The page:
This plan of the east end of the church by J A Chatwin showing the children's galleries appears on the Church Plans Online website.
St Clement's church was consecrated in 1859. Standing on the corner of Nechells Park Road and Stuart Street it was a small cruciform building of brick and stone designed by the prolific Birmingham architect, J A Chatwin in Gothic style. There was a chancel and nave, aisles, transepts, and a turret at the south-east angle of the nave. Its parish was assigned out of that of St Matthew's, Duddeston in 1860.
Chatwin's plan specified accommodation for 852 worshippers: 146 sittings for children in the galleries, 306 free sittings for adults (these were at the back and the sides of the church; 400 sittings in pews at the front and centre of the building. It must be assumed that these sittings were to be paid for as was the custom at this time.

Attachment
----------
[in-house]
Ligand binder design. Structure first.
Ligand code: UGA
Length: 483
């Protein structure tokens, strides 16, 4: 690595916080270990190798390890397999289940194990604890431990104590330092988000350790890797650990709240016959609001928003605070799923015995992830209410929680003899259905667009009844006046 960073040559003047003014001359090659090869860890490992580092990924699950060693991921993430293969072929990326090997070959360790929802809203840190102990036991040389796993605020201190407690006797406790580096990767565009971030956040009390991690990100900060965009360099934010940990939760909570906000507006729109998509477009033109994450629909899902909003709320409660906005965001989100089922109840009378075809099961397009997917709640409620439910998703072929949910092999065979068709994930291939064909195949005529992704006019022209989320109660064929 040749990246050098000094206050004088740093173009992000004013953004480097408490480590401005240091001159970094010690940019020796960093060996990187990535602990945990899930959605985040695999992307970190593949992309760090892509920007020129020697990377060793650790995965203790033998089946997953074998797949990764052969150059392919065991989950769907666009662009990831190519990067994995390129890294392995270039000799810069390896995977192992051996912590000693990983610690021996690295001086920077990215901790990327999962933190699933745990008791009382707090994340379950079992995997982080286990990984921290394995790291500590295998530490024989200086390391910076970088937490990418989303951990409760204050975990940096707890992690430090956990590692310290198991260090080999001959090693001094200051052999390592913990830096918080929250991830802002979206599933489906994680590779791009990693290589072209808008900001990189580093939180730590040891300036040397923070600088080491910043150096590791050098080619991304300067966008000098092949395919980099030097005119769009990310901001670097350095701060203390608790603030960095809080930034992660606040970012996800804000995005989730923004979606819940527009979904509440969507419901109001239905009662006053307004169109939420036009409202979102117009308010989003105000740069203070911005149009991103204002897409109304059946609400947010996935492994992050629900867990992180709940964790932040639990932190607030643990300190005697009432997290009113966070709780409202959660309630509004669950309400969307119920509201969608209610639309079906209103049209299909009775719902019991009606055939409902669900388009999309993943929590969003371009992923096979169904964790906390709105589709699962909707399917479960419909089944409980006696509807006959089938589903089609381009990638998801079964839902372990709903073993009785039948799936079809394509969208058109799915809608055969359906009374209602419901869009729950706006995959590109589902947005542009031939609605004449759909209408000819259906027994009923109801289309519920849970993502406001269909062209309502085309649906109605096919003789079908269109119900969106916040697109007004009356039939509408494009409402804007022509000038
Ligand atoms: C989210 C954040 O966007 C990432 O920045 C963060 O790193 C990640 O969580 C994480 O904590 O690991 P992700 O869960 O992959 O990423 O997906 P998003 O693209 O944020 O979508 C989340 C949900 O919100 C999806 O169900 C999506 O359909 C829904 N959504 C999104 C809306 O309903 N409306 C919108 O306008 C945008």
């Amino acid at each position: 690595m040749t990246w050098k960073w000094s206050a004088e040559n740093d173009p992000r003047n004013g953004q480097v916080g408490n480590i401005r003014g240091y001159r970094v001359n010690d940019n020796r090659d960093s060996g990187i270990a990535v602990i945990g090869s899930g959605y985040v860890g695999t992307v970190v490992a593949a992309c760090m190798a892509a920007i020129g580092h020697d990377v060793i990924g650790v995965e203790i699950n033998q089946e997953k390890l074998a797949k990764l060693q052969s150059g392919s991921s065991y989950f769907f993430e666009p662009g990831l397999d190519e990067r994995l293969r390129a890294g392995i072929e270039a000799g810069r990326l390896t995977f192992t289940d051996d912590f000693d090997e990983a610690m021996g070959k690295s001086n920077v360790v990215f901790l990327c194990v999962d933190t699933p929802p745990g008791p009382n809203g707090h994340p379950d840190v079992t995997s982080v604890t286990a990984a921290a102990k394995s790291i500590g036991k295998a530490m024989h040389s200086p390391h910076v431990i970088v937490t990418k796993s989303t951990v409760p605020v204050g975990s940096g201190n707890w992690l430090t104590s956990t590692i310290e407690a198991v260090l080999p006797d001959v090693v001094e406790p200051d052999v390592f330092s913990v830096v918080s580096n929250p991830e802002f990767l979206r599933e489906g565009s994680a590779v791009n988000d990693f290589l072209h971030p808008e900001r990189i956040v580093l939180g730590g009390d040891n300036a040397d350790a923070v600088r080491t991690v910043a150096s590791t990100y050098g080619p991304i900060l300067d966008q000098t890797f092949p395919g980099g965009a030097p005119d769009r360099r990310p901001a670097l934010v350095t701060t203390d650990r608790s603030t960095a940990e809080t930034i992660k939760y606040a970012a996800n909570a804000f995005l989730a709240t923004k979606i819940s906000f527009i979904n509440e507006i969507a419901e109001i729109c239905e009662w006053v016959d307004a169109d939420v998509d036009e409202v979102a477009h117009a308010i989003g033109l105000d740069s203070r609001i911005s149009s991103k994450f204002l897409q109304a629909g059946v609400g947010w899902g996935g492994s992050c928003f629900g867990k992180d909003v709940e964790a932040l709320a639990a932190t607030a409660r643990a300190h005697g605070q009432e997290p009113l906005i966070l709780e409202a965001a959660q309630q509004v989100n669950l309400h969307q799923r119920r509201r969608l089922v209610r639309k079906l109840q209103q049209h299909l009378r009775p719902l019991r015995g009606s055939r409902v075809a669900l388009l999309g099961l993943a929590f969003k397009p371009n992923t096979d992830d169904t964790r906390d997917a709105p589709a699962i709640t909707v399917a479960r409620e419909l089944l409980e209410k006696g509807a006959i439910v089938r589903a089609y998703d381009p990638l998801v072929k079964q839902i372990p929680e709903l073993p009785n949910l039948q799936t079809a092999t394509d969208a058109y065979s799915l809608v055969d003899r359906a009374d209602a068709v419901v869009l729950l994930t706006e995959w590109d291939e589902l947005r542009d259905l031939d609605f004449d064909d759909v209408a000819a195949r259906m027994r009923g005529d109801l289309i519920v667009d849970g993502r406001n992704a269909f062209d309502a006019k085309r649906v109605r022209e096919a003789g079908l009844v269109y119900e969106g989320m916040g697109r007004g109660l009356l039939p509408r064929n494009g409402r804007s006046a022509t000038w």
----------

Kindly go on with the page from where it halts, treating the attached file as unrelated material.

By the 1970s almost every building in the district had been demolished and the area was beginning to be rebuilt. The church congregation dropped dramatically and the decision was taken in 1977 to close the church and demolish the building. Strangely, the church hall survived, although there are currently plans to demolish it.
The War Memorial of St Clement's church now stands at the corner of Nechells Park Road and Stuarts Road in the grounds of the James Memorial Homes.
Image from the War Memorials Online website - www.warmemorialsonline.org.uk.
William Dargue 30.05.2016